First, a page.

Sunday, June 26, 2022

Sharing Abarth: Why you should join an owners club in 2022

“Chippenham, in Wiltshire!” he beams. “Every time they ask me how long it’s taken me to get to a meeting here in the south-east, I say ‘two hours’.”

“It’s why they call him Two-hour Pete,” interjects a fellow member, helpfully.

Behind every successful car club is a solid band of dedicated enthusiasts; people prepared to give up their time to organise meets, maintain the club website and keep the flame alive. Although he wouldn’t thank me for saying so and, indeed, insists the club has no hierarchy, John Wildey is one of those people on whom the AOCSSH depends. His passion for Abarth is obvious. He has done no less than 84,000 miles in his 595 Competizione, which he bought new in 2018, and I have it on good authority from someone unconnected with the club that he drives it pretty much at ten-tenths wherever he goes. “Every day I come into work he’s right behind me, blipping the throttle so I can hear the exhaust,” they say, eyes rolling.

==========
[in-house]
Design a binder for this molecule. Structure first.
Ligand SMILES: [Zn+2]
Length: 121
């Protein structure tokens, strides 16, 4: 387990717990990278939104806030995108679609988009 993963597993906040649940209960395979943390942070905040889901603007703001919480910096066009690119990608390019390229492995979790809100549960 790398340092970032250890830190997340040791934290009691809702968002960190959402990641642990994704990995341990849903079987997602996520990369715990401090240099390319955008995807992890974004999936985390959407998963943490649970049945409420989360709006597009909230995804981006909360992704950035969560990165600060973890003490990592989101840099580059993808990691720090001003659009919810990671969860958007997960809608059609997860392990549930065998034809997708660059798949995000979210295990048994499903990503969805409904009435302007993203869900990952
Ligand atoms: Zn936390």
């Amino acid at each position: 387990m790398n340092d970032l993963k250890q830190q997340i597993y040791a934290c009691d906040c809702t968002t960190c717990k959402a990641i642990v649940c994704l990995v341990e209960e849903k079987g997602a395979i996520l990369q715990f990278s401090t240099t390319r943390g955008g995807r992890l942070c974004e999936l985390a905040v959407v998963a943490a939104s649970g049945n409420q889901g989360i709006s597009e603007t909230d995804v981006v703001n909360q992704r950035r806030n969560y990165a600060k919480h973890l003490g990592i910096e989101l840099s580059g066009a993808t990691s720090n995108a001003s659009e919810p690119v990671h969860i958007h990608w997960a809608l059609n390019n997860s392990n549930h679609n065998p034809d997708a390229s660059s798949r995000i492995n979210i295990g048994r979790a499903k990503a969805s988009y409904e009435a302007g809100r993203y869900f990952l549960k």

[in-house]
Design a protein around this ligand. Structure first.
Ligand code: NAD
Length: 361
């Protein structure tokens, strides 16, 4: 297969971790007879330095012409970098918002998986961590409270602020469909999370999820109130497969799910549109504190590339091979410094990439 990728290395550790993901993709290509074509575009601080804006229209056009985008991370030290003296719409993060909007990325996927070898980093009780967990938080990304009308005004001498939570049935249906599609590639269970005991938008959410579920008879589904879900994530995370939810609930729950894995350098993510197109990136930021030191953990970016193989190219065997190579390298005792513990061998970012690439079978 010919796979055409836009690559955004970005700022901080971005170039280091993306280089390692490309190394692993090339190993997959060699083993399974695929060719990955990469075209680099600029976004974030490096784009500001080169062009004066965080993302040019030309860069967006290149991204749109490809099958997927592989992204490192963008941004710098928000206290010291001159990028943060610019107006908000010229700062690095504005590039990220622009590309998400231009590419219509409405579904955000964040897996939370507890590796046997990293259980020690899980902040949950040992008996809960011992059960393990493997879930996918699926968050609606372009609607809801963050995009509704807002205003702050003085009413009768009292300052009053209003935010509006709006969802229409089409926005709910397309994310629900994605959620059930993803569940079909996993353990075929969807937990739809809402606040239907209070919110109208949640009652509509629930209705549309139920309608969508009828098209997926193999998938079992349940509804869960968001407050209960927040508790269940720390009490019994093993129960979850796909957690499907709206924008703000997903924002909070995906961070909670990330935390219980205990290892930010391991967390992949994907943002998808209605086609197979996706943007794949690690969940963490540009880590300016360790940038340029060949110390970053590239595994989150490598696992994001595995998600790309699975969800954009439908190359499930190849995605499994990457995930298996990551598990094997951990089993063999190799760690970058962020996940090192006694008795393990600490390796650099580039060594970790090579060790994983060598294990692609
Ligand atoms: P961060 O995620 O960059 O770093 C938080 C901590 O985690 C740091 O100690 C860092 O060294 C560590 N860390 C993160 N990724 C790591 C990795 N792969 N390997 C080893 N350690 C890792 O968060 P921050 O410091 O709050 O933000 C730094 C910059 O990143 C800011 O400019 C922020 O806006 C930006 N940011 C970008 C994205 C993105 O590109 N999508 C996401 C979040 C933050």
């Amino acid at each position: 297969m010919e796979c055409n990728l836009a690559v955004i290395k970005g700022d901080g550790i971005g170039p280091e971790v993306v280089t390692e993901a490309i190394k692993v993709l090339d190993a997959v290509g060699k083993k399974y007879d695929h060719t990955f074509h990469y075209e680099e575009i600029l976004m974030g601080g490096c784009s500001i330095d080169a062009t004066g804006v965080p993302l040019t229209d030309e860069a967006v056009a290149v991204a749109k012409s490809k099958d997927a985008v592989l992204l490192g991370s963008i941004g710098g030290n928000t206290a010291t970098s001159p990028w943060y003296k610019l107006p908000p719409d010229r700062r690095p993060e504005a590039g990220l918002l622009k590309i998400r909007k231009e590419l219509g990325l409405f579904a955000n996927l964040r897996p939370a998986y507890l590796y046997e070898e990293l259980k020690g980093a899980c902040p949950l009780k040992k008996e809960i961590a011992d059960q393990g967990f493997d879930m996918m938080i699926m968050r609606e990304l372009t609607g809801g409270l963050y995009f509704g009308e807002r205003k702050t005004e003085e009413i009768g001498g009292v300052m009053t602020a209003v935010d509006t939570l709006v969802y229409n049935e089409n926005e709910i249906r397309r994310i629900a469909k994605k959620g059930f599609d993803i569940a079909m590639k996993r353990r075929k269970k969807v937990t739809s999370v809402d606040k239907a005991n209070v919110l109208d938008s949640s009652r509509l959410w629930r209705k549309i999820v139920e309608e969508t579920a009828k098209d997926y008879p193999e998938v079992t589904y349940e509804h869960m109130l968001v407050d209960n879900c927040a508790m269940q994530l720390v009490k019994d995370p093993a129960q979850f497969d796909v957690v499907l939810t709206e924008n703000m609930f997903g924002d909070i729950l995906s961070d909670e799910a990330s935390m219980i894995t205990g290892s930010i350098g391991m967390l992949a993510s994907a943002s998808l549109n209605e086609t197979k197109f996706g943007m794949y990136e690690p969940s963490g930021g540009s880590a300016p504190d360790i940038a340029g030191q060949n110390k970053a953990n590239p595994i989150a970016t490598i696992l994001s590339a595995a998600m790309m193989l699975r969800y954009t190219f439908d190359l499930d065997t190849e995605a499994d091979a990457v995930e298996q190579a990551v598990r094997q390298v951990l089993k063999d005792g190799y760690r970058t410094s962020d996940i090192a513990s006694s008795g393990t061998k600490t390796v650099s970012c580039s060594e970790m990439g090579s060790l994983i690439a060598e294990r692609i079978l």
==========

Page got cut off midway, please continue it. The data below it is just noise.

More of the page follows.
His previous car was an ancient Peugeot 306 GTI-6, which he drove until it fell apart. “I wanted an underdog like it, which is how I came to buy my 595,” he says. He says the purpose of the club is to help fellow Abarth owners become friends, to show them what sort of mods are possible (most Abarths here are mapped) and, importantly, to help sustain members’ passion for their cars. In these digitally remote times, I can’t argue with any of that.


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